The other parts of the Preamble provide a course of action for our government to follow. “In order to form a more perfect Union,” implies compromise when necessary to further the goals of society in ways that benefit the greatest number of people. Promoting “justice, domestic tranquility, common defense and general welfare” outlines the established parameters for our government to work within, and “to secure the blessings of liberty to ourselves and our posterity” instills in us the duty to balance the benefits of today’s decisions with the consequences for tomorrow’s public. But in the light of today’s political environment, compromise is considered a sign of weakness, promoting the common good is passé, and forward thinking is a waste of time. This is what happens when We The People separate ourselves from our government. Without We The People, the whole thing just sort of falls apart.

Sitting around complaining about the failings of government can be a productive thing, but only if it leads to action to fix the problem. Yet in the charged political climate we find ourselves in, new ideas are torn apart without examining their merit while each side accuses the other of stonewalling. We look at this mess from afar, thinking we can’t possibly make a difference, but to think that is wrong. We have a voice. We have to use it. It is preposterous for any political party to lay claim to having a mandate from the people. They could at best claim a slim victory between the most vocal. But imagine if every eligible citizen turned out to vote and let his or her voices be heard. All these previously unheard voices would need someone to represent them and their needs, bringing more variety into the political arena, more opportunity for real representation, more willingness to try new ideas, to fix the status quo when it needs fixing.

By its very nature, politics is powerful. But it should not be about having power. In selecting people to make our collective decisions for us, we entrust them with our daily lives. Such trust should not be taken lightly, but it is because low citizen participation ensures easy reelection and low accountability. It is time for that to end. It is time to let our voices be heard, all of our voices. We hold our election process up to the world as the model which to follow, and brag about mandates with 50% or less of eligible voter turnout. Then we turn around and mock as “banana republics” those countries whose voter turnout is in the 60% range. Am I alone in seeing the hypocrisy of this? As we continue the slide towards apathy, the situation will only get worse, with fewer and fewer people making the decisions that affect us all.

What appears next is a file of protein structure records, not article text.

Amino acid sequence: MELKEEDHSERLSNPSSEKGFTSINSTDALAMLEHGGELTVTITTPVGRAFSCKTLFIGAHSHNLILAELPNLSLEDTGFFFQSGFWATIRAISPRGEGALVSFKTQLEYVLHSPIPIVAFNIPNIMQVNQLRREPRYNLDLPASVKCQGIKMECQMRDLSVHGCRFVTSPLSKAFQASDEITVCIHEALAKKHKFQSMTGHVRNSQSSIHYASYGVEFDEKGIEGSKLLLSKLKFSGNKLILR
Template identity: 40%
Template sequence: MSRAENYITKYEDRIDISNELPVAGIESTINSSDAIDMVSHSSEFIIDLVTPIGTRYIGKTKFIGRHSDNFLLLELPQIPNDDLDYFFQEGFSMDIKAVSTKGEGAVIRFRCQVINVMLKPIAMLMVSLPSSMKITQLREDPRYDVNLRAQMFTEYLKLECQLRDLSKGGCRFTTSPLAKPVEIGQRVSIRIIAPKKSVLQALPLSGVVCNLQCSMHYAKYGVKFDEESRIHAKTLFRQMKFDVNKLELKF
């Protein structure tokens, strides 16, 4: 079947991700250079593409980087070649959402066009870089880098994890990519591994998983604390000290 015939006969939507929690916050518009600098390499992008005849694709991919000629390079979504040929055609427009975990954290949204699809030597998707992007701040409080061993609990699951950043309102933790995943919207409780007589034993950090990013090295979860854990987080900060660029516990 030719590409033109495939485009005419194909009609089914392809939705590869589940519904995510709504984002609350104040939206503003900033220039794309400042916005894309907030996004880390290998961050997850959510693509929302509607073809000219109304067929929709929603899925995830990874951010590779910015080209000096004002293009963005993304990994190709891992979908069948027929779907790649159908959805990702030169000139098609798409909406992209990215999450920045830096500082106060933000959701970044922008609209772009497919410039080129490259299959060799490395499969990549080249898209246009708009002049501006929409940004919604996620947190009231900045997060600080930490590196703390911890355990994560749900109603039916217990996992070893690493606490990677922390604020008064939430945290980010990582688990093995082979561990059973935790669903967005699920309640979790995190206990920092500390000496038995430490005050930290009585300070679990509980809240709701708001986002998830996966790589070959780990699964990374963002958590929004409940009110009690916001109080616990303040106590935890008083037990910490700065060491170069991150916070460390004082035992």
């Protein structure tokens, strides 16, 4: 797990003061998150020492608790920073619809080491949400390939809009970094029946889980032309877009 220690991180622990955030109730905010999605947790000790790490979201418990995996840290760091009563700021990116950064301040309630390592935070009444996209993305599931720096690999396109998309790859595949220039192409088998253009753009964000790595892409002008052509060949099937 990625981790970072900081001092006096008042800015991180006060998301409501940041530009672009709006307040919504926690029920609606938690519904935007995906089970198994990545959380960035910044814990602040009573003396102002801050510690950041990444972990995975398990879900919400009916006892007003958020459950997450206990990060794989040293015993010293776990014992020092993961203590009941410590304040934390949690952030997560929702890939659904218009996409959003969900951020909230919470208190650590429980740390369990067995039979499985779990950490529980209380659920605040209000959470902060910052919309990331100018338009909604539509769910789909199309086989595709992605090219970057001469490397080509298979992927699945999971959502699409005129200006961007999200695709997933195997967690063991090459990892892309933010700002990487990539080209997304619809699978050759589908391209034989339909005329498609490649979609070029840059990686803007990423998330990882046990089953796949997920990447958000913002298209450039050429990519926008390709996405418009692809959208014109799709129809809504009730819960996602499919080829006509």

So where do We The People go from here? First, make sure that you vote, especially in federal and state elections. Encourage others to vote or help get people registered. Talk to each other. Think about solutions to our shared problems instead of tearing apart new ideas because “the government can’t be trusted.” If we don’t trust our government, we are really saying that we don’t trust each other or ourselves. Find people you can trust and help get them elected. After all, our elected officials are raised in our communities and are supposed to share our values, values that have guided us for generations even as they continue to evolve. Leave the political party machines that depend on your fears and mistrusts to stay in power. Support people who will truly stand for the values laid out in the Preamble to our Constitution. By putting ourselves back in the driver’s seat, We The People can revive the trust in self-government, tear down the wall we’ve created, and get back to establishing justice, insuring domestic tranquility, providing for the common defense, promoting the general welfare, and securing the blessings of liberty to ourselves and our posterity as we were set out to do.